3. Chunk the options 

Chunking is a great way to provide simplicity but still include a range of options for people. Rather than having a myriad options, consider grouping them together into ‘chunks’ so there are less overall choices for people to make. An example of this in the building and construction sector is accreditation tools that simplify and chunk a range of options together. When it comes to building energy efficient and low-carbon homes, there are many, may options for people to consider whether it be insultation, triple glazing, low-carbon materials, recycled materials etc. Accreditation tools, such as HomeStar, GreenStar, HomeFit chunk together many low-carbon options and actions that simplify the decision making process for homeowners.  

4. Reframe the number of decisions

 The transport sector is one of many choices – micromobility, cycling, driving, walking, using public transport – people make travel decisions daily or even multiple times a day. Rather than framing travel choices as a daily decision, Transport NSW introduced a Weekly Travel Reward – when people travelled eight journeys in one week, the rest of the week their fares are half price. This reward reset the timeframe to make commuting via public transport a weekly commitment, rather than a choice people had to make each morning.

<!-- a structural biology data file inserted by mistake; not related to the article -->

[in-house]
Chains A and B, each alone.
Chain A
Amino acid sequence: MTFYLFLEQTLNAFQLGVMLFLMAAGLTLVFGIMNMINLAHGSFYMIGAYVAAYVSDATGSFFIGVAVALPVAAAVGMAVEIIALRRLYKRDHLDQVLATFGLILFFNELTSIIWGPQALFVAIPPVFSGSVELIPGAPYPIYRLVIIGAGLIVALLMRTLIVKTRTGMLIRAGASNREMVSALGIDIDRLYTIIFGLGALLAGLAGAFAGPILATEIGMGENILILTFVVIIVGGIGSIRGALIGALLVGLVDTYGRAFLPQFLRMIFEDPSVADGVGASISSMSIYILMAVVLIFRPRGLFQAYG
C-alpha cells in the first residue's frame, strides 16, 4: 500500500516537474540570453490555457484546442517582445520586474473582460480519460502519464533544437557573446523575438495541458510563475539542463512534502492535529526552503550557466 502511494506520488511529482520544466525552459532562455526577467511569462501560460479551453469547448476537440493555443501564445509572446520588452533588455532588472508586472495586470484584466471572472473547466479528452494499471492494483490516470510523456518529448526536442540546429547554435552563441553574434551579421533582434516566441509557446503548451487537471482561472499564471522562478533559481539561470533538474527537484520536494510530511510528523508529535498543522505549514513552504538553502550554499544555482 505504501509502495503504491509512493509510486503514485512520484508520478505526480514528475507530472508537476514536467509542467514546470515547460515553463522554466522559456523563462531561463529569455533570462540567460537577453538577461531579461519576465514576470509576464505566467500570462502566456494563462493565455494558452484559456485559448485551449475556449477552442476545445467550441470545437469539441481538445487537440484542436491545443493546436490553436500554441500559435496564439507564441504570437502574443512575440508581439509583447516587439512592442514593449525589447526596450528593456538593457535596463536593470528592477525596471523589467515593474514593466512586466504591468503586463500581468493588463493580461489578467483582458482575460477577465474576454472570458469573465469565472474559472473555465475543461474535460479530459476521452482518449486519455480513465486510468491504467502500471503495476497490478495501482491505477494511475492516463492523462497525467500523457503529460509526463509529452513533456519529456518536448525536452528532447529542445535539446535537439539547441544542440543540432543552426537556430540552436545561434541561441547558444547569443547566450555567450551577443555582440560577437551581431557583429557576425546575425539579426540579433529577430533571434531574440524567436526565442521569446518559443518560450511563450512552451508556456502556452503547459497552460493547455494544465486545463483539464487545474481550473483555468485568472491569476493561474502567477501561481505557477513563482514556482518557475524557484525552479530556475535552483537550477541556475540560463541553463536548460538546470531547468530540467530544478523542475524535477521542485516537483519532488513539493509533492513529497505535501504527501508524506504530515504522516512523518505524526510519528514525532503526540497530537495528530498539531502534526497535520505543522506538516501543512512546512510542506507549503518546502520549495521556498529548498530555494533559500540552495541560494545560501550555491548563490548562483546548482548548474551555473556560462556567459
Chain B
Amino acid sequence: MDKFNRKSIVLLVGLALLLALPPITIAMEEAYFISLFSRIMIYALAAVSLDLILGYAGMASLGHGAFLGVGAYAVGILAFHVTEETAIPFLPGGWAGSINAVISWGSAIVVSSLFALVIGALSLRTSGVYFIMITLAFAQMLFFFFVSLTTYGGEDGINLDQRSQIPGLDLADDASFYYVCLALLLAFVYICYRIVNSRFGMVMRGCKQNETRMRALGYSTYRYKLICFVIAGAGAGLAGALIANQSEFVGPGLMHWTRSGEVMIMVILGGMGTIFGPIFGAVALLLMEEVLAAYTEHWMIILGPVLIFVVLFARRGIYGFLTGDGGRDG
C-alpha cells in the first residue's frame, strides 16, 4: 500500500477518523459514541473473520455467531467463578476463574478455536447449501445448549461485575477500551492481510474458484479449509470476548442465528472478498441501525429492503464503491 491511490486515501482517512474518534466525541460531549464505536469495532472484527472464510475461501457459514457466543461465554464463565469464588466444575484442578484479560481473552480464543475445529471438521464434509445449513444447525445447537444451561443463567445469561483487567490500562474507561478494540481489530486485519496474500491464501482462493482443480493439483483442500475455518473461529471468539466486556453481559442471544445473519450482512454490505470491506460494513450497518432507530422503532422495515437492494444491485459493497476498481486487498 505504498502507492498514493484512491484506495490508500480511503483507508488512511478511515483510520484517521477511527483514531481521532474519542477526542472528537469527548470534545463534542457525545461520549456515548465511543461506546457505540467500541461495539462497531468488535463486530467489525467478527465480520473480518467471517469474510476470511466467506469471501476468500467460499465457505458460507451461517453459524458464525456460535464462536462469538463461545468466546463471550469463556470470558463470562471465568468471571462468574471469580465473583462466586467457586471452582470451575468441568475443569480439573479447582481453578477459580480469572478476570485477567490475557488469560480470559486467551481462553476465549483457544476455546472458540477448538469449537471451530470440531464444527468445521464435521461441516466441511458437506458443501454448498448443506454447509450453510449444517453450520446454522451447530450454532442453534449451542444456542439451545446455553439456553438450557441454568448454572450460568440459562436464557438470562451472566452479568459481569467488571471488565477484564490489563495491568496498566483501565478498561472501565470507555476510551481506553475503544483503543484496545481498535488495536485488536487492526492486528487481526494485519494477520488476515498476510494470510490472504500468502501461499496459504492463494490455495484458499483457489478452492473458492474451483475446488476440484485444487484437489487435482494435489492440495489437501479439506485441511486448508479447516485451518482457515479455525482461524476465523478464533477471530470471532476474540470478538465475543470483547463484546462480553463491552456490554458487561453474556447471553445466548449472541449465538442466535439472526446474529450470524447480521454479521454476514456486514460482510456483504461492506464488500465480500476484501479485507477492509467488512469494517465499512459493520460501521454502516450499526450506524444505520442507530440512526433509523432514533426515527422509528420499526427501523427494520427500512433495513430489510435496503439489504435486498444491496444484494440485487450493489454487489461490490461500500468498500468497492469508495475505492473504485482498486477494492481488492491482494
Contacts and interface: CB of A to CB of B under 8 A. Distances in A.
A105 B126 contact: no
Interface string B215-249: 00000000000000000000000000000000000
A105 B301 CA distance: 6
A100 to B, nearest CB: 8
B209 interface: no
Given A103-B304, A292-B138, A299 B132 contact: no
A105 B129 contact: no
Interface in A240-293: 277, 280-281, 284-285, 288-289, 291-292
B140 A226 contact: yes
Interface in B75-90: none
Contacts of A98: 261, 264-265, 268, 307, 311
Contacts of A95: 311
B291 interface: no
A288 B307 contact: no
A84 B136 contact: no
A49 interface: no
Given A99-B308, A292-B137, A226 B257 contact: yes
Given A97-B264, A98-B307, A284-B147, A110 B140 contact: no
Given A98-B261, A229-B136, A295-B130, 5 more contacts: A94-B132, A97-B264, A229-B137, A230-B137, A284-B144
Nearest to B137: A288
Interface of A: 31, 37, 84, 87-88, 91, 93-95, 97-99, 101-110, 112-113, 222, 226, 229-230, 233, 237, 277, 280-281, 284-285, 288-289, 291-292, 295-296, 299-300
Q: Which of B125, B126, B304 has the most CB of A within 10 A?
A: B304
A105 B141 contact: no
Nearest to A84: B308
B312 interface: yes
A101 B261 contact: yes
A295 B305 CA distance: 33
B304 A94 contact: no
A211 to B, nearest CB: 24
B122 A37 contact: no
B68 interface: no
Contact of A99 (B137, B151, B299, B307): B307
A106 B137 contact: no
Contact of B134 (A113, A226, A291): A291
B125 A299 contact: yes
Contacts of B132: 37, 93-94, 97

5. Provide pre-commitment options so the choice is already made in advance  

Avoid choice overload and decision fatigue by providing pre-commitment options and commitment devices which remove the need to continually make decisions. Auckland Transport’s Travelwise programme encourages organisations to use public transport and active modes. The first step is for executives and staff to complete an initial travel survey to understand their current travel behaviours. Not only does the survey provide the necessary information to get the programme underway but it also works as a pre-commitment act – it’s an initial first step that leads to organisations deciding to provide sustainable transport options.